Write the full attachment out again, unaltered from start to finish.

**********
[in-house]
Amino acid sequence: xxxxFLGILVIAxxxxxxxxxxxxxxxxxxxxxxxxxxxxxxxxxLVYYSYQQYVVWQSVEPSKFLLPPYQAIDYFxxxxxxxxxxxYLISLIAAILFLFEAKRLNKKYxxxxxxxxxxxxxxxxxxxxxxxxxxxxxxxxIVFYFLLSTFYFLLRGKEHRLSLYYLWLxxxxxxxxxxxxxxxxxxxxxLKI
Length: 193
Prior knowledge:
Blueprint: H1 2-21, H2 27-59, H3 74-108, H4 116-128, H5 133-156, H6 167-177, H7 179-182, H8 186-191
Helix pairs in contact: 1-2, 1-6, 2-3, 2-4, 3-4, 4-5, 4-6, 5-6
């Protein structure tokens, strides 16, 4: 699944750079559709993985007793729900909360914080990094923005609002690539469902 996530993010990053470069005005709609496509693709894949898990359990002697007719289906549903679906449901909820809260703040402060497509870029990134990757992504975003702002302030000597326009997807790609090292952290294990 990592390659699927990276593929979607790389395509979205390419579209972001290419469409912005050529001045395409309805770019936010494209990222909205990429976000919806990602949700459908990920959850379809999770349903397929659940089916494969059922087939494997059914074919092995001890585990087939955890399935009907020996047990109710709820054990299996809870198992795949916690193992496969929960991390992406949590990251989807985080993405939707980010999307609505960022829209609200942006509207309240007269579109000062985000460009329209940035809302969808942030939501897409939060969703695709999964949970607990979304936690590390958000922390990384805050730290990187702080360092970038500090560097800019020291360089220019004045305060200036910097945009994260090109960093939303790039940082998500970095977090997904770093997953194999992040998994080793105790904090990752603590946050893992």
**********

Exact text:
[in-house]
Amino acid sequence: xxxxFLGILVIAxxxxxxxxxxxxxxxxxxxxxxxxxxxxxxxxxLVYYSYQQYVVWQSVEPSKFLLPPYQAIDYFxxxxxxxxxxxYLISLIAAILFLFEAKRLNKKYxxxxxxxxxxxxxxxxxxxxxxxxxxxxxxxxIVFYFLLSTFYFLLRGKEHRLSLYYLWLxxxxxxxxxxxxxxxxxxxxxLKI
Length: 193
Prior knowledge:
Blueprint: H1 2-21, H2 27-59, H3 74-108, H4 116-128, H5 133-156, H6 167-177, H7 179-182, H8 186-191
Helix pairs in contact: 1-2, 1-6, 2-3, 2-4, 3-4, 4-5, 4-6, 5-6
């Protein structure tokens, strides 16, 4: 699944750079559709993985007793729900909360914080990094923005609002690539469902 996530993010990053470069005005709609496509693709894949898990359990002697007719289906549903679906449901909820809260703040402060497509870029990134990757992504975003702002302030000597326009997807790609090292952290294990 990592390659699927990276593929979607790389395509979205390419579209972001290419469409912005050529001045395409309805770019936010494209990222909205990429976000919806990602949700459908990920959850379809999770349903397929659940089916494969059922087939494997059914074919092995001890585990087939955890399935009907020996047990109710709820054990299996809870198992795949916690193992496969929960991390992406949590990251989807985080993405939707980010999307609505960022829209609200942006509207309240007269579109000062985000460009329209940035809302969808942030939501897409939060969703695709999964949970607990979304936690590390958000922390990384805050730290990187702080360092970038500090560097800019020291360089220019004045305060200036910097945009994260090109960093939303790039940082998500970095977090997904770093997953194999992040998994080793105790904090990752603590946050893992």